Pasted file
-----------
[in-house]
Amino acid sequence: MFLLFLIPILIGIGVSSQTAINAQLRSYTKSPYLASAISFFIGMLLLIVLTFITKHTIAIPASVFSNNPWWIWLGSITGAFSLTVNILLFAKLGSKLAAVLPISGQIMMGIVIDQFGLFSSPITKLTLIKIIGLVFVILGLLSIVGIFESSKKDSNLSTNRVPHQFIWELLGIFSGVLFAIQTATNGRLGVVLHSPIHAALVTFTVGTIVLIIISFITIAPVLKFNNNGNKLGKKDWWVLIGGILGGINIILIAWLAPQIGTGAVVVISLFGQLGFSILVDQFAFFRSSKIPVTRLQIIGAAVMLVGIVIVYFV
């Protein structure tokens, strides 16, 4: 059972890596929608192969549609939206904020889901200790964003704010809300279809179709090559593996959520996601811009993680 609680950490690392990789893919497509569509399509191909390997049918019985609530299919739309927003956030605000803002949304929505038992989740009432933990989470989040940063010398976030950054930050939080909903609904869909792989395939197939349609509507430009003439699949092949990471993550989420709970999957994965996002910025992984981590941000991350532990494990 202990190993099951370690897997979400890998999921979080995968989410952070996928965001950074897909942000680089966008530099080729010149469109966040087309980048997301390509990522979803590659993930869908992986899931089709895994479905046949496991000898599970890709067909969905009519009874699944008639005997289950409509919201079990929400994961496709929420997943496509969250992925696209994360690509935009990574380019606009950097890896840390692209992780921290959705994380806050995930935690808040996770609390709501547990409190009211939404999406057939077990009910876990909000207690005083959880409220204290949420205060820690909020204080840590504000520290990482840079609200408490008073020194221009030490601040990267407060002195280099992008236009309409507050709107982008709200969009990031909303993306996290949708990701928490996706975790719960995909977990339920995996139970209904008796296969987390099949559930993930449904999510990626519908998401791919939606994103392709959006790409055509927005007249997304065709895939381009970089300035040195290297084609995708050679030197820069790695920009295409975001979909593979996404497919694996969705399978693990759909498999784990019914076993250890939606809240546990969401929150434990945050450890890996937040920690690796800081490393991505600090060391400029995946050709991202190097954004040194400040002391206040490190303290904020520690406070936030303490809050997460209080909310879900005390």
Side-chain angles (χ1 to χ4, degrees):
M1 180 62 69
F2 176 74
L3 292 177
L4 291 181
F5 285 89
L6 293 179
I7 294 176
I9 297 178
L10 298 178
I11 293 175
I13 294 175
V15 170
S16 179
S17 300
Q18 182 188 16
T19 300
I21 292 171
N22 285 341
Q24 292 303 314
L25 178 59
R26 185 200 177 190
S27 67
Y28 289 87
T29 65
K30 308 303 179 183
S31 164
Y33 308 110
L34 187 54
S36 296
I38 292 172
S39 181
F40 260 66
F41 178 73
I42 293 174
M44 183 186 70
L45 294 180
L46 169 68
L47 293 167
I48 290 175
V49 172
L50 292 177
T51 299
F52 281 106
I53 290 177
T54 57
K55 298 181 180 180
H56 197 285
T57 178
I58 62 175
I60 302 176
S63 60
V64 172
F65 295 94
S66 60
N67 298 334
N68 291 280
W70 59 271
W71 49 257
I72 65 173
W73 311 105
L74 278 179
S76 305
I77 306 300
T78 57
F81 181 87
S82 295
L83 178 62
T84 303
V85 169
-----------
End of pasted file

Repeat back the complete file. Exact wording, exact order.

[in-house]
Amino acid sequence: MFLLFLIPILIGIGVSSQTAINAQLRSYTKSPYLASAISFFIGMLLLIVLTFITKHTIAIPASVFSNNPWWIWLGSITGAFSLTVNILLFAKLGSKLAAVLPISGQIMMGIVIDQFGLFSSPITKLTLIKIIGLVFVILGLLSIVGIFESSKKDSNLSTNRVPHQFIWELLGIFSGVLFAIQTATNGRLGVVLHSPIHAALVTFTVGTIVLIIISFITIAPVLKFNNNGNKLGKKDWWVLIGGILGGINIILIAWLAPQIGTGAVVVISLFGQLGFSILVDQFAFFRSSKIPVTRLQIIGAAVMLVGIVIVYFV
């Protein structure tokens, strides 16, 4: 059972890596929608192969549609939206904020889901200790964003704010809300279809179709090559593996959520996601811009993680 609680950490690392990789893919497509569509399509191909390997049918019985609530299919739309927003956030605000803002949304929505038992989740009432933990989470989040940063010398976030950054930050939080909903609904869909792989395939197939349609509507430009003439699949092949990471993550989420709970999957994965996002910025992984981590941000991350532990494990 202990190993099951370690897997979400890998999921979080995968989410952070996928965001950074897909942000680089966008530099080729010149469109966040087309980048997301390509990522979803590659993930869908992986899931089709895994479905046949496991000898599970890709067909969905009519009874699944008639005997289950409509919201079990929400994961496709929420997943496509969250992925696209994360690509935009990574380019606009950097890896840390692209992780921290959705994380806050995930935690808040996770609390709501547990409190009211939404999406057939077990009910876990909000207690005083959880409220204290949420205060820690909020204080840590504000520290990482840079609200408490008073020194221009030490601040990267407060002195280099992008236009309409507050709107982008709200969009990031909303993306996290949708990701928490996706975790719960995909977990339920995996139970209904008796296969987390099949559930993930449904999510990626519908998401791919939606994103392709959006790409055509927005007249997304065709895939381009970089300035040195290297084609995708050679030197820069790695920009295409975001979909593979996404497919694996969705399978693990759909498999784990019914076993250890939606809240546990969401929150434990945050450890890996937040920690690796800081490393991505600090060391400029995946050709991202190097954004040194400040002391206040490190303290904020520690406070936030303490809050997460209080909310879900005390």
Side-chain angles (χ1 to χ4, degrees):
M1 180 62 69
F2 176 74
L3 292 177
L4 291 181
F5 285 89
L6 293 179
I7 294 176
I9 297 178
L10 298 178
I11 293 175
I13 294 175
V15 170
S16 179
S17 300
Q18 182 188 16
T19 300
I21 292 171
N22 285 341
Q24 292 303 314
L25 178 59
R26 185 200 177 190
S27 67
Y28 289 87
T29 65
K30 308 303 179 183
S31 164
Y33 308 110
L34 187 54
S36 296
I38 292 172
S39 181
F40 260 66
F41 178 73
I42 293 174
M44 183 186 70
L45 294 180
L46 169 68
L47 293 167
I48 290 175
V49 172
L50 292 177
T51 299
F52 281 106
I53 290 177
T54 57
K55 298 181 180 180
H56 197 285
T57 178
I58 62 175
I60 302 176
S63 60
V64 172
F65 295 94
S66 60
N67 298 334
N68 291 280
W70 59 271
W71 49 257
I72 65 173
W73 311 105
L74 278 179
S76 305
I77 306 300
T78 57
F81 181 87
S82 295
L83 178 62
T84 303
V85 169